My tooth stopped hurting the very next morning. Was it my telling the tooth to stop hurting? My therapist informs me human beings have no control. Her name is Bill W. and hence I presume my higher power is the only ones who knows for certain. -AW

Tuesday, April 9, 2013

I Lied. I Said I Want A Date. Sue Me.

If only people came with this t-shirt before you talked to them.
Dear Five Readers,

I thought I would throw myself out there into the virtual dating world only I was lying. That’s right, I was lying. I am not dating and not even interested in dating. 

I also must alert my parents, if they read this blog, that I did not throw out my personal address or real name onto some website. Relax.
This is precisely what I posted:

He's well-read, well mannered, classy and polite. He wouldn't walk into a coffee house and grab a cup before me. He would politely sit and then ask me if I wanted something.

He must be well educated. He would really take his time to get to know me. He would appreciate my wit, my intelligence and my just being. He does not spend weekends watching football games. He takes care of himself physically and eats healthy food.

He likes the outdoors, music and comedy. He appreciates independent films. Again, he was raised appropriately and is well-mannered.

The responses I received are as follow. The names have been changed to protect the guilty.

“Prodigious Intellect Here” James attached his picture, informed me he just spent four months in Africa and will be publishing a book soon about his adventure. He has already written one book. “But you knew that because you’ve already read it,” he said.

Actually James, I have never heard of you.

One man sent me his picture twice with no text. The pictures are taken at different angles.

I have asked for a well-read man. Edward said he saw my ad in the “personels” and said he is a “suiter.” I am not entirely certain what a “suiter” is. I shall never find this out actually.

In response to my request for a well read man, one person simply wrote: “How about in bed?” There are some fine manners!

Josh writes, “You are young enough to meet someone without to much problem. Guys are visual and not too bright.” Josh, neither are you. Thank you for informing me my days are numbered. I must inform you of the violation of the use of "to." Go to the corner of the room right now.

Anonymous sent a lovely picture of his anatomy. I am not impressed. What does this even say about a person? I would suggest he see the film “The Cook, The Thief, His Lover and His Wife” to frighten him. Yes, someone gets cooked in this rather disturbing film.

Mark writes, “I would not expect sex until after the second date, longer than that, then you must not like sex.”

Every one of these responses leads me laugh out loud. I am now teetering on the edge of fifty and quite frankly, if this is what the world is offering me, “fugeddabudit.” –AW

Saturday, March 30, 2013

Lost on an island: I'M GOING TO DIE!

There are no street lights on Bainbridge Island roads except in downtown Winslow.
Not many people like to take a ride with me. I skipped driver's education when I was in high school. In fact, I skipped a lot of things when I was a teenager. I even talked my way out of more physical education classes by pitching a logical argument that ping pong was not really exercise.

I live on an island roughly the size of Manhattan. While the downtown portion of the city has streetlights, the roads on the inner part of the island remain unlit and hence preserve a rural feeling. Sometimes I forget I live a short 35 minute ferry ride to Seattle. I am a country girl. However, back to my driving.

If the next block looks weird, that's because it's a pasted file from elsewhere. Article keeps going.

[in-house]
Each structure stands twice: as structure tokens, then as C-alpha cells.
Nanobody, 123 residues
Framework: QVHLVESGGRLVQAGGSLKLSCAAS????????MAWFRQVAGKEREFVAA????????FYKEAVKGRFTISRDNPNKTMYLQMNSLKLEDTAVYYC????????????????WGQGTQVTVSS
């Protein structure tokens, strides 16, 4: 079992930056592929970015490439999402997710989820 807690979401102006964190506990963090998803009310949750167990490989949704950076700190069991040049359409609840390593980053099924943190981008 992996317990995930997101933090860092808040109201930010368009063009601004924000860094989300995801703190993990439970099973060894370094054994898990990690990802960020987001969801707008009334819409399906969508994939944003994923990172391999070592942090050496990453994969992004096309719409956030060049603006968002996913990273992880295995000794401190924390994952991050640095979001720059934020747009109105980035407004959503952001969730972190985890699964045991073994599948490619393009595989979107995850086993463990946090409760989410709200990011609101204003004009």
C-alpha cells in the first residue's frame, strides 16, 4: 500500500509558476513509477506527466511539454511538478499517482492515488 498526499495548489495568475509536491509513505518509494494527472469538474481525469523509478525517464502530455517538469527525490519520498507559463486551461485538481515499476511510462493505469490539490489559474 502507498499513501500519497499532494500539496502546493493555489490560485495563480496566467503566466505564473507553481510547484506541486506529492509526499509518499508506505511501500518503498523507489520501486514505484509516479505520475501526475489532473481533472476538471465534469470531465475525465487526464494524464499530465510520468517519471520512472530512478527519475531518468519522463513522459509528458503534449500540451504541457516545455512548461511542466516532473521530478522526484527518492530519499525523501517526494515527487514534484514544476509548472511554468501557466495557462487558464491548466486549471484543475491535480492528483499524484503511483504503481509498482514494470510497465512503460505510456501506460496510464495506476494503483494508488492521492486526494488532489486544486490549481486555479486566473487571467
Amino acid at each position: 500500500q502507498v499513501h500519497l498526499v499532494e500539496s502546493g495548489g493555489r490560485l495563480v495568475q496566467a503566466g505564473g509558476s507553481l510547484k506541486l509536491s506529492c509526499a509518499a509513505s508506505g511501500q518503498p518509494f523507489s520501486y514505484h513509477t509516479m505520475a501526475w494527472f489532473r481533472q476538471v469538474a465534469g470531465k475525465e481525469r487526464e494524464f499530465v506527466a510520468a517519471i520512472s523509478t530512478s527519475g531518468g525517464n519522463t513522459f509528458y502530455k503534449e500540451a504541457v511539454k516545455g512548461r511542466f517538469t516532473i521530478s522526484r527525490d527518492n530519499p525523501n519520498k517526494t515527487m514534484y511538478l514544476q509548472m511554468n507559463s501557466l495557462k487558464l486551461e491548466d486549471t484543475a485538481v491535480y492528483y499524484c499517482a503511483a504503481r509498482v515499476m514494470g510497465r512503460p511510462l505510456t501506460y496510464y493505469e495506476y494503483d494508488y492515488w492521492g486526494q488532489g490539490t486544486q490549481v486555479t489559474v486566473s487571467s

My new friend Sue and I decided to go for a walk last week. I have driven to the south part of the island several times so it's hard to exlpain how we got so lost. My decision to drive and not take her car with a great GPS system was about as logical an idea as driving into a mud wall.

I know I am completely lost when I keep circling around and see a view of downtown Seattle three times. I gaze at the Columbia tower building and all I can think of are lawyers. I think it is a well-known fact I want a lawyer in my life about as much as I would like to be dragged through the mud, burned at the stake or thrown into a river to see if I am practicing witchcraft. There are more lawyers in the Columbia tower in Seattle than all of Japan.

I am not saying lawyers aren't great for intellectual conversations, I am saying I never want to need a lawyer for any legal snafu I might encounter. Just today I saw a couple sitting with a lawyer in Poulsbo, Washington discussion their prenup. I am presuming after having this discussion they don't have any reasonable reason to get married other than shared health insurance.

My now 13-year-old Saturn reaches a speed of one to thirty-five in ten minutes. This was most excellent as we climbed up toe jam hill. She is small which was beneficial as we hit roads narrow enough to risk running head on into another vehicle. The south shore of the island is not stable and given the massive slides on Whidbey Island this week, I was getting more scared. Mounds of dirt on a Saturn will not save one's life. Without a long straw for air and a rescue team with an immediate response, I knew it was going to be bad.

Sue grew up in Queens. She knows how to remain calm. I have never mastered the art of calm. Islanders are a very laid back group of people. It must be the negative ions in the moist air. A nice woman with a dog the size of a minature horse gave us directions back to downtown Winslow. We arrived quite alive and well. I don't blame Sue for suggesting she drive next time. Worse, I had forgotten to bring the lovely book listing all the wonderful walks on the island.

If anyone has a spare GPS just collecting dust out there, please do send it to me. Not only do I need it in my vehicle, I need it on my body. I get lost all the time. Then again, is one ever lost? Perhaps one is always where one needs to be. Nah, that's some new age crap I just wrote. Oftentimes we are just plain lost, lost and lost. -AW

Sunday, September 30, 2012

"America" by Alicia Ostriker


Do you remember our earnestness our sincerity
In first grade when we learned to sing America

The Beautiful along with The Star Spangled Banner
And say the Pledge of Allegiance to America

We put our hands over our first-grade hearts
We felt proud to be part of America

I said One Nation Invisible until corrected
Maybe I was right about America

School days school days dear old Golden Rule days
When we learned how to behave in America

what to wear how to smoke how to despise our parents
Who didn't understand America

Only later discovering this land is two lands
One triumphant bully one hopeful America

Sometimes I still put my hand tenderly on my heart
Somehow or the other still carried away by Amercia

-Alicia Ostriker  The Atlantic